Monday, December 10, 2012

Mold Factsheet for Hurricane and Flood Cleanup Workers Part 1

December 10 2012

As per the NYCOSH Rain, leaks and floods from hurricanes and other major events can damage homes, schools, and businesses. In many buildings that have water damage, sheetrock, carpets, and other building materials and furnishings become contaminated with mold.
Many damaged buildings that contain mold must be cleaned up. Some workers are hired specifically to remove mold. Other workers remove damaged building materials and furnishings or do cleaning and renovation.

These workers may become temporarily or permanently ill unless they use the right personal protective equipment, including the proper respirator.


Molds are tiny organisms. They are a natural part of the environment. Molds are almost always present both outdoors and indoors. They are usually not harmful. However, some people get sick when indoor amounts of molds become much higher than outdoor amounts, or when certain types of mold that are not usually present indoors start to grow indoors.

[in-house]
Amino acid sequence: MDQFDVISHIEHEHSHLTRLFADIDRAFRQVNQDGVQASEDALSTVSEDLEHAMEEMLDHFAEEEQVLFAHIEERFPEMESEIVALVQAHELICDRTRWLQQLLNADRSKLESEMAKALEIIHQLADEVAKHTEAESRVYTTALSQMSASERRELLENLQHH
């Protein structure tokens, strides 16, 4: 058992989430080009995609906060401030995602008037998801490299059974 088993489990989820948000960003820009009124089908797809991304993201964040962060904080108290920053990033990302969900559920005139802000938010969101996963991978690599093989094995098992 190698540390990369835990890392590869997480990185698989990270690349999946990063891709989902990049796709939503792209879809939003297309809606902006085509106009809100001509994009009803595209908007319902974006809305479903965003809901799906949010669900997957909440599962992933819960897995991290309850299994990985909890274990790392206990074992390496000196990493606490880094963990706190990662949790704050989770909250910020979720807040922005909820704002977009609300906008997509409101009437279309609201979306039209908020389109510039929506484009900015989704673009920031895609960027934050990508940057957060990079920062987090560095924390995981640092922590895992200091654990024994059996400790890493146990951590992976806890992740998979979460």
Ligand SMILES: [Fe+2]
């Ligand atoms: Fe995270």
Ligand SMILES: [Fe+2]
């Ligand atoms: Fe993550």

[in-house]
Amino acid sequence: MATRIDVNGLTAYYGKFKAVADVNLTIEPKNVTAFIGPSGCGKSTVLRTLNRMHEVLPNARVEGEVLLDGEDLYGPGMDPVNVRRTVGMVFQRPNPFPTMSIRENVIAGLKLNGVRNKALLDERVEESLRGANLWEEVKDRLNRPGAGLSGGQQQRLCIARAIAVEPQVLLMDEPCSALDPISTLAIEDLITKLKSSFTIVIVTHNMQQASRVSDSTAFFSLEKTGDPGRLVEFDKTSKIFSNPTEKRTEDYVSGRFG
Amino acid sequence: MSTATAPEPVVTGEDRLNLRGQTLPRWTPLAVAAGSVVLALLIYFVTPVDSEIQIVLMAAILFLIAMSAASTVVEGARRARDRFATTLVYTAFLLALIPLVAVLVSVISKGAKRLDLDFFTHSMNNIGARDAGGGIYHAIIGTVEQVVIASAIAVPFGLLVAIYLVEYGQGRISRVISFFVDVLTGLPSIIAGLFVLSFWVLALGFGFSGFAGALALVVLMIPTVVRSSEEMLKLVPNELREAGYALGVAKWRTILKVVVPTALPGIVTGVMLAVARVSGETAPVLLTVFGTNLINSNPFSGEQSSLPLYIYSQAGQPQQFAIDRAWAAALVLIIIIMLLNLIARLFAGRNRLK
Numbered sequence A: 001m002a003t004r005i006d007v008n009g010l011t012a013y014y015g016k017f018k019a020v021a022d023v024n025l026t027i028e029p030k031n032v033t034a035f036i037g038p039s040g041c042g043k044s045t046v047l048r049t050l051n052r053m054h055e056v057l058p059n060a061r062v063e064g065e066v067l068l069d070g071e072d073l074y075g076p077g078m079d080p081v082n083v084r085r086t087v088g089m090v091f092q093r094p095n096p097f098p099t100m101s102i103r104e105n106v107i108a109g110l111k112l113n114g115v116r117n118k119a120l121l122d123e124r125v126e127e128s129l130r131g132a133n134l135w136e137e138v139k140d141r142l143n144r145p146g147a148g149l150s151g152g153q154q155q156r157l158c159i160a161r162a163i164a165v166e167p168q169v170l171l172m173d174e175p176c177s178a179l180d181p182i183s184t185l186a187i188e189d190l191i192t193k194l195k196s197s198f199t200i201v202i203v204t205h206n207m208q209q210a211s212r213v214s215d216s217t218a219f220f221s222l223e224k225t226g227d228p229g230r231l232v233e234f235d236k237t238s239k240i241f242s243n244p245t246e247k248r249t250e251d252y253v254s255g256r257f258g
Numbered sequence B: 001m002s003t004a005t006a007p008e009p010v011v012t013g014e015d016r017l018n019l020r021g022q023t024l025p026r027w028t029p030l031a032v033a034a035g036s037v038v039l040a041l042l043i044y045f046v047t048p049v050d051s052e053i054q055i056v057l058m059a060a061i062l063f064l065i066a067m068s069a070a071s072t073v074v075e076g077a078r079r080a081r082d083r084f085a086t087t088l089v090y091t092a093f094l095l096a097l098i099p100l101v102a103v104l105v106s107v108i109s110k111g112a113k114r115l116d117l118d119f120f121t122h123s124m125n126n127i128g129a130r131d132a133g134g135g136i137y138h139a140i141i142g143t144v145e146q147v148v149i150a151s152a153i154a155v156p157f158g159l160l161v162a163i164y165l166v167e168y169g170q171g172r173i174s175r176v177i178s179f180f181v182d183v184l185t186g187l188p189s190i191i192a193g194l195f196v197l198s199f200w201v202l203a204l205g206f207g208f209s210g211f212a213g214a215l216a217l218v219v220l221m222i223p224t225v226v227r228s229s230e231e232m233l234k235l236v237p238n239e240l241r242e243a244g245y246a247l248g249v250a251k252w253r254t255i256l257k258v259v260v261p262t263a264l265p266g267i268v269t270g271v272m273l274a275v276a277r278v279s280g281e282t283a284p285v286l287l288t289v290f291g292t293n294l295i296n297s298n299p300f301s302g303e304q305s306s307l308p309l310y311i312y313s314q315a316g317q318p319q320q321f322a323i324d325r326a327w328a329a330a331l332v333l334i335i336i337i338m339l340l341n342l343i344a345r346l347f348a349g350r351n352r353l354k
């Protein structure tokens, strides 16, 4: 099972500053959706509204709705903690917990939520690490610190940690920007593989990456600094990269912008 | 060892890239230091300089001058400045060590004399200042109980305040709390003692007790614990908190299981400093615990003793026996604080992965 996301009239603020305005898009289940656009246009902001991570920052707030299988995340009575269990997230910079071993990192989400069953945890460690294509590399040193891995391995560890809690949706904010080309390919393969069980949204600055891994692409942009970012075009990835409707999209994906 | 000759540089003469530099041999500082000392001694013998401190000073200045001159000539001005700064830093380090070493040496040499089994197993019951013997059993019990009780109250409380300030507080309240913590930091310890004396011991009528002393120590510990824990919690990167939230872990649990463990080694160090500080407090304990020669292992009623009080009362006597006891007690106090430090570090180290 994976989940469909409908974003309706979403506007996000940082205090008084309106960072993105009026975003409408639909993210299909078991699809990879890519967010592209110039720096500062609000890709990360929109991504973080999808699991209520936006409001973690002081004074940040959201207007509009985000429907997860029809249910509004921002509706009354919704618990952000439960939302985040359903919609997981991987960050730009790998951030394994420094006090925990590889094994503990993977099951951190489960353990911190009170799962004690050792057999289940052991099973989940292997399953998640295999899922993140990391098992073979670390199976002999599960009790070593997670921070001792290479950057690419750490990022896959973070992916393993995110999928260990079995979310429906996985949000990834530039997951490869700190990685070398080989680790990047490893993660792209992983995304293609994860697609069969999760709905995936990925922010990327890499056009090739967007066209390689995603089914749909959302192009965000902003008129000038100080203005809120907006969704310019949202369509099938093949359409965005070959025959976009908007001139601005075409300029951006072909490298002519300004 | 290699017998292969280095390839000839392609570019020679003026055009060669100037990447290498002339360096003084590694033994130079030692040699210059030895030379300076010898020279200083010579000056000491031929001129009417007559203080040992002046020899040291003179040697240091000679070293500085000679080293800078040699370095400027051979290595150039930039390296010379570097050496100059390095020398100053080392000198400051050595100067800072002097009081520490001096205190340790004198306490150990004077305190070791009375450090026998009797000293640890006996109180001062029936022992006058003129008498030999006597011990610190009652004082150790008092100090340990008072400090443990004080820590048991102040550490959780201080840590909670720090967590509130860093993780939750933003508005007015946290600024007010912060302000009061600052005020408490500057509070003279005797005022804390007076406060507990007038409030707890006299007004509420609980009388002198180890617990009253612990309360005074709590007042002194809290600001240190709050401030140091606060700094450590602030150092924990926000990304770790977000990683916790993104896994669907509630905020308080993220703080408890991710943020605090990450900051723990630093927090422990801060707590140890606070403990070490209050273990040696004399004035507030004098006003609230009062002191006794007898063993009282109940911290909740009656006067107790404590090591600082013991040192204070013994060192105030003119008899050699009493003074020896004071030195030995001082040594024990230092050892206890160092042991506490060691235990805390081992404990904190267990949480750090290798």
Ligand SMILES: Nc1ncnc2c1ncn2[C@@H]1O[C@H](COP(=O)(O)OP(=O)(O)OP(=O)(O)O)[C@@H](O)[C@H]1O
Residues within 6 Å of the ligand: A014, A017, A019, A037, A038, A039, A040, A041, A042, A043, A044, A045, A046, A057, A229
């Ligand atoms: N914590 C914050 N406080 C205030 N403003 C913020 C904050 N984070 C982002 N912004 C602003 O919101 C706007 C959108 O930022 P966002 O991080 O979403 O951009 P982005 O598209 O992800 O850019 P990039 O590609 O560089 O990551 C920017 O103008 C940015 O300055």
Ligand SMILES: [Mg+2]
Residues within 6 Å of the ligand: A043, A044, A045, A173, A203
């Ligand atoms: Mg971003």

Molds multiply indoors when there is moisture (leaks, floods, high humidity) and food (anything organic, including wood, dirt, carpeting, or sheetrock).

Breathing in or touching mold can cause health problems. Both living mold and dead mold can cause health problems. Killing mold (for example, with bleach) does not get rid of all the health hazards.
Exposure to mold can cause several types of health problems:
Irritation. Molds can cause burning eyes, congestion, cough, and postnasal drip.
Allergy. People who have become allergic to molds may develop asthma, causing itchy watery eyes, congestion, cough, wheezing, tightness in the chest, and difficulty breathing.
Poisoning and Infectious Disease. Some molds create chemicals that may cause serious illness. A small number of certain types of molds can cause serious infections. (However, poisoning or infectious disease caused by mold is rare. People with compromised immune systems are most at risk.)
Molds can’t be seen without a microscope. Even though mold growth can sometimes be seen or smelled, workers cannot always tell for sure whether harmful mold is present or not.

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